A call for it to be made illegal for a company to compel women to wear high heels at work is to be investigated by MPs. Over 140,000 people signed a petition to the government calling for the move after temp worker Nicola Thorp, 27, was sent home without pay after refusing to change into high heels (Risks 751). The cross-party petitions committee noted: “MPs have decided to investigate this petition.” It added the investigation is going to look at what the law says and “what could be done to make the law better.” Those who have been affected were invited to pass on their experiences via a web forum. The petitions team added: “We also plan to hear from people affected and various experts in person. These ‘oral evidence sessions’ will be open to the public and available to watch live on Parliament TV.” TUC head of safety Hugh Robertson commented: “The issue is more than just high heels, it is the misogynistic standards that managers impose on woman workers that portrays them as objects rather than human beings. This also means that women have to risk their health, wellbeing or safety to comply with inappropriate standards.”
Ÿ High heels forum. Petition - Make it illegal for a company to require women to wear high heels at work. On twitter: #heelsatworkinquiry
A British company has been found liable for the first time for victims of modern slavery. In a 10 June high court judgment, Justice Supperstone found in favour of six Lithuanian men who were trafficked to the UK. The workers brought the civil case claiming compensation after being being severely exploited by the Kent-based gangmaster firm that employed them, DJ Houghton Chicken Catching Services Ltd. The men were sent by the company, run by the British couple Darrell Houghton and Jacqueline Judge, to catch chickens on farms around the country. They worked frequently on farms owned by the leading egg supplier to major supermarkets. The workers were paid for the number of chickens caught on farms, but not for the time worked, night rates or for time spent travelling. The firm also charged prohibited fees, unlawfully withheld wages, and failed to ensure the workers had adequate facilities to wash, rest, eat and drink. Other aspects of the claim, including personal injury claims, are still to be determined. “This is the first time the High Court has ruled in favour of victims of trafficking against a British company,” said Shanta Martin, the partner from law firm Leigh Day who is representing the claimants. “It is an extremely important step towards proper compensation for our clients and should be seen as a warning to British companies that they must eradicate all forms of modern slavery from their businesses, whether in the UK or elsewhere.” Several more claims are outstanding. The law firm has said the firm and its directors should face criminal proceedings (Risks 740).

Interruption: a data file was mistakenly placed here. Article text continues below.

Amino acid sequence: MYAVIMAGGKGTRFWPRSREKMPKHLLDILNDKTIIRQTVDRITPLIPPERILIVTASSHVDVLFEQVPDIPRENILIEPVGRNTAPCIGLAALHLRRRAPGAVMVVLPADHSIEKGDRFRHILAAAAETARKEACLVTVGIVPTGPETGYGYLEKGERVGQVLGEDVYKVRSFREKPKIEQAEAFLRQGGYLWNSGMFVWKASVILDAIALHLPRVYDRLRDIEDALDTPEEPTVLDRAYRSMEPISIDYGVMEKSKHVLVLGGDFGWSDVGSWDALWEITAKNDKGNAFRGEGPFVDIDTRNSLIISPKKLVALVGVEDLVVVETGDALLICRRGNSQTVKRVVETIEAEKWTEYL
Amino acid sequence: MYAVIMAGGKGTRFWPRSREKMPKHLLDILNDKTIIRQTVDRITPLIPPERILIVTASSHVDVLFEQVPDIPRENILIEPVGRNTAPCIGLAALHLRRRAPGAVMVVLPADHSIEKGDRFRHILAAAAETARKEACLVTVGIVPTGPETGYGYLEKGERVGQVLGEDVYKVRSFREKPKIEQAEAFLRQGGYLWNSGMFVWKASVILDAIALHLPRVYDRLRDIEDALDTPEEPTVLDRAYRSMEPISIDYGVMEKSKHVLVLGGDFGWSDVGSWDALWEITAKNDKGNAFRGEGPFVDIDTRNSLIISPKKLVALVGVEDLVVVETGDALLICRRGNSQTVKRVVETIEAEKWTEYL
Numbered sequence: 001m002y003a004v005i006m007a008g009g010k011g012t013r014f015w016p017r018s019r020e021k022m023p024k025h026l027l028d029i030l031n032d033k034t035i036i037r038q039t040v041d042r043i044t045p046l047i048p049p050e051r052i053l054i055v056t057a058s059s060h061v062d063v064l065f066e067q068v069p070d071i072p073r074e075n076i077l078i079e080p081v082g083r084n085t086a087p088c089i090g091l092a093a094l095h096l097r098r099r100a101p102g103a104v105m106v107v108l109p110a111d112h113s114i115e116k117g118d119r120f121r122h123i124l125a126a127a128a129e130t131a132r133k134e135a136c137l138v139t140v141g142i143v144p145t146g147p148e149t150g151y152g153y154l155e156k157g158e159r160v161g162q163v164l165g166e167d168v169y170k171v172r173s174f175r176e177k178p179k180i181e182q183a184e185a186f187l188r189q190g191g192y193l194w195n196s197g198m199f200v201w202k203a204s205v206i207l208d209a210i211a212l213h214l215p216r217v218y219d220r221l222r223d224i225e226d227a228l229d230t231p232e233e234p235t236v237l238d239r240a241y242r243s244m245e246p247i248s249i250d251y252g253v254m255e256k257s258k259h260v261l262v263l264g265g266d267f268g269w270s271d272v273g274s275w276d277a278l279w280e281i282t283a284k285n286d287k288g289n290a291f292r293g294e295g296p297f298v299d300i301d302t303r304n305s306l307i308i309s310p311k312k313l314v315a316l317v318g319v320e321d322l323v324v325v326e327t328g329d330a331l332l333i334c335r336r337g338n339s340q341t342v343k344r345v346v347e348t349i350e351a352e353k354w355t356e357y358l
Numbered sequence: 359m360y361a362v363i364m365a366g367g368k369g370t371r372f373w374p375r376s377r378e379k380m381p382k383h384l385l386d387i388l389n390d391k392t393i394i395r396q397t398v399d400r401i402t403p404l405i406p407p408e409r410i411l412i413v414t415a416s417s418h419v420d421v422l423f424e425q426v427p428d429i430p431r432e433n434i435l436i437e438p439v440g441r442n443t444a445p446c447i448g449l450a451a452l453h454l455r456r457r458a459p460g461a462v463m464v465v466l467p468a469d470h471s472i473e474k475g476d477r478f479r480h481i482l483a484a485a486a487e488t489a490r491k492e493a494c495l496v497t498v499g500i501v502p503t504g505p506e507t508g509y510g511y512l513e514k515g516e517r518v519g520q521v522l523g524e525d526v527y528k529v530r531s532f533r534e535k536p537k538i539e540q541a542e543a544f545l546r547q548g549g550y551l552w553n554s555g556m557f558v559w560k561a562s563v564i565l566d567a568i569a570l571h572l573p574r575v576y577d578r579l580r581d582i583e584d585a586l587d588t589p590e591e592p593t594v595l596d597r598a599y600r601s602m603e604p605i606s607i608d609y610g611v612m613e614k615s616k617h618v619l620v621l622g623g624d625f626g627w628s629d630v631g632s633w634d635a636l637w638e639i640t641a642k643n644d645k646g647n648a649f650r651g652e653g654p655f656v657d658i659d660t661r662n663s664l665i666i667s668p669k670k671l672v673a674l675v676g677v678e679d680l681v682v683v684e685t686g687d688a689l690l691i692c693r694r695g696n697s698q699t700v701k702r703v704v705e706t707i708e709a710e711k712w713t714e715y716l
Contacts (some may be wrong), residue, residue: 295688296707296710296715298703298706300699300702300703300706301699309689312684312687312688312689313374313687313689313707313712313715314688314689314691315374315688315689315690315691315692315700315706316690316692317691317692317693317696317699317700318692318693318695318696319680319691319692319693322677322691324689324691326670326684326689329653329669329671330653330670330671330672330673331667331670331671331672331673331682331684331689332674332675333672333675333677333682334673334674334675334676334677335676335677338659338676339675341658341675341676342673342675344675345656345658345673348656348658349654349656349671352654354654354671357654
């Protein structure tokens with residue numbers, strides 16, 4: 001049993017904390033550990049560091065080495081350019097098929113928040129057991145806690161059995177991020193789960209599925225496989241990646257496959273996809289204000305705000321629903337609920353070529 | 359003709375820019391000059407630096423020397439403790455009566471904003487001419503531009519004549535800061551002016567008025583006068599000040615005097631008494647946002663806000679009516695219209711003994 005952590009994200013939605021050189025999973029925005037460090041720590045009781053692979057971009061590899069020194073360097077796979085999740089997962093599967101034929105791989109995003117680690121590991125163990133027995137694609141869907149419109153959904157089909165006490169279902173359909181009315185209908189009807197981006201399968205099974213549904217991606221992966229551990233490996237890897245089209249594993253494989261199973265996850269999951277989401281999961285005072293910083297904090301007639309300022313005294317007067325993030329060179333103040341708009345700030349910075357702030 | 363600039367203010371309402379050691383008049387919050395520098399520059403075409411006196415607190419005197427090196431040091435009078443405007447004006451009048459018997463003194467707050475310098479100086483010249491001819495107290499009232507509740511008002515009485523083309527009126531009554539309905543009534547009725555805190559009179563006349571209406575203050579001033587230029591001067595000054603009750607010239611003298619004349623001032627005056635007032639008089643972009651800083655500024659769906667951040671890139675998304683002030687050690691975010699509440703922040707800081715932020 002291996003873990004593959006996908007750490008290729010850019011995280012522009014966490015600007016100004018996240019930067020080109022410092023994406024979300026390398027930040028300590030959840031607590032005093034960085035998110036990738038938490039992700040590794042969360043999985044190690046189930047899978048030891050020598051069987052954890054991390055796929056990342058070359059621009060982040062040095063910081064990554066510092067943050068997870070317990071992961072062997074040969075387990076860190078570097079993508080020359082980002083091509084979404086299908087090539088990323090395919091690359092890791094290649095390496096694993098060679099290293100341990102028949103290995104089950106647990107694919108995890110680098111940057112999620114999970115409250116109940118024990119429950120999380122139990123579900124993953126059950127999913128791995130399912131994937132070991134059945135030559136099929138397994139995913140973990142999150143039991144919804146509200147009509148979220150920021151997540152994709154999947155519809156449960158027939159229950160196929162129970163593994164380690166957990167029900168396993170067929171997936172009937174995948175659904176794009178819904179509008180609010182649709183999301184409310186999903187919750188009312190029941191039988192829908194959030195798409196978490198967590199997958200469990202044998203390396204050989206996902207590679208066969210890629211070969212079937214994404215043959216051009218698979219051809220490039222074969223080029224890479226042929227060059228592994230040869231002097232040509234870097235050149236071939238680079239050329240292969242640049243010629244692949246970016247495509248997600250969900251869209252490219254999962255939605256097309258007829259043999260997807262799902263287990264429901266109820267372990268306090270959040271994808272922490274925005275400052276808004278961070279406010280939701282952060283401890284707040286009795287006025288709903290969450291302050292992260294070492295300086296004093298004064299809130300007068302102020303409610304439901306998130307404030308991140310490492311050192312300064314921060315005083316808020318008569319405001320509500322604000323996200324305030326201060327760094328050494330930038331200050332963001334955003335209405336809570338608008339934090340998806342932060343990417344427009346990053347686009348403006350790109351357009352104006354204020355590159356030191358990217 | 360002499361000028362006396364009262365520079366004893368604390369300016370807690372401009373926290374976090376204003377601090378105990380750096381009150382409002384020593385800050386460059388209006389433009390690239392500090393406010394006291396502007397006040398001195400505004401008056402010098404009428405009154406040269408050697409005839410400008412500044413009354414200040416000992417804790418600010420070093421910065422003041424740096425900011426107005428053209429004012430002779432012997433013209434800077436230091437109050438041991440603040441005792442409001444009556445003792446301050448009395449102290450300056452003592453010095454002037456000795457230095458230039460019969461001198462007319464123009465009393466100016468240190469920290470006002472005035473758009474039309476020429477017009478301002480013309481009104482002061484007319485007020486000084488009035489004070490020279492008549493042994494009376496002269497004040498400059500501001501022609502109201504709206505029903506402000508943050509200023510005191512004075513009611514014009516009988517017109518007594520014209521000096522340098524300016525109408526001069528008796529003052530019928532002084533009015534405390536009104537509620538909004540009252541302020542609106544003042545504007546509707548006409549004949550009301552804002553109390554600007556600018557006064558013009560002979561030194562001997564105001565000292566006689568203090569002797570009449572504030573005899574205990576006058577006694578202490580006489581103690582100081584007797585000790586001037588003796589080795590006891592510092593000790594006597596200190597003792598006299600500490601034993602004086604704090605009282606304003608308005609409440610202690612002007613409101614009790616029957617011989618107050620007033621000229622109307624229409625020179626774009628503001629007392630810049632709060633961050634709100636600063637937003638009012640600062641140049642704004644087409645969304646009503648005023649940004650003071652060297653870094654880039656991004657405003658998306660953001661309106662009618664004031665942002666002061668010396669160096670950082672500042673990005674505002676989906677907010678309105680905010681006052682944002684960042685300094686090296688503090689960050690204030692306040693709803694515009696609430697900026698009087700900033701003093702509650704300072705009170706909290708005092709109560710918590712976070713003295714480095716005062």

A British zoo has been fined for criminal health and safety offences after one of its employees was killed by a Sumatran tiger. Sarah McClay, 24, died at South Lakes Wild Animal Park – now known as South Lakes Safari Zoo – in Dalton-in-Furness, Cumbria, after she was pounced on by the tiger on 24 May 2013. The tiger, which entered the keeper’s corridor of the zoo’s tiger house through an unlocked gate, left deep puncture wounds in Sarah McClay’s neck and body. She suffered ‘unsurvivable’ multiple injuries and was airlifted to hospital where she was formally pronounced dead (Risks 722). The zoo was fined £255,000 at Preston Crown Court. A £42,500 fine was also imposed for other health and safety law breaches relating to an incident where a zoo keeper fell from a ladder while preparing to feed big cats in July 2014. The zoo must also pay £150,000 prosecution costs over the next 10 years. The company, whose sole director David Gill founded the zoo, entered guilty pleas as a trial was about to commence. The prosecution offered no evidence against Mr Gill, 55, who had faced individual charges on the same allegations, but was formally acquitted. After the sentencing, Sarah McClay's mother Fiona, said: “We can't function yet with a member of our family missing, we have got to learn how to do that and we haven't got to that stage yet.” A day before the South Lakes Safari Zoo sentencing, Hamilton City Council in New Zealand pleaded guilty to safety charges relating to the death of zoo keeper Samantha Kudeweh, 43, who was mauled by a Sumatran tiger at a council-owned zoo on 20 September 2015.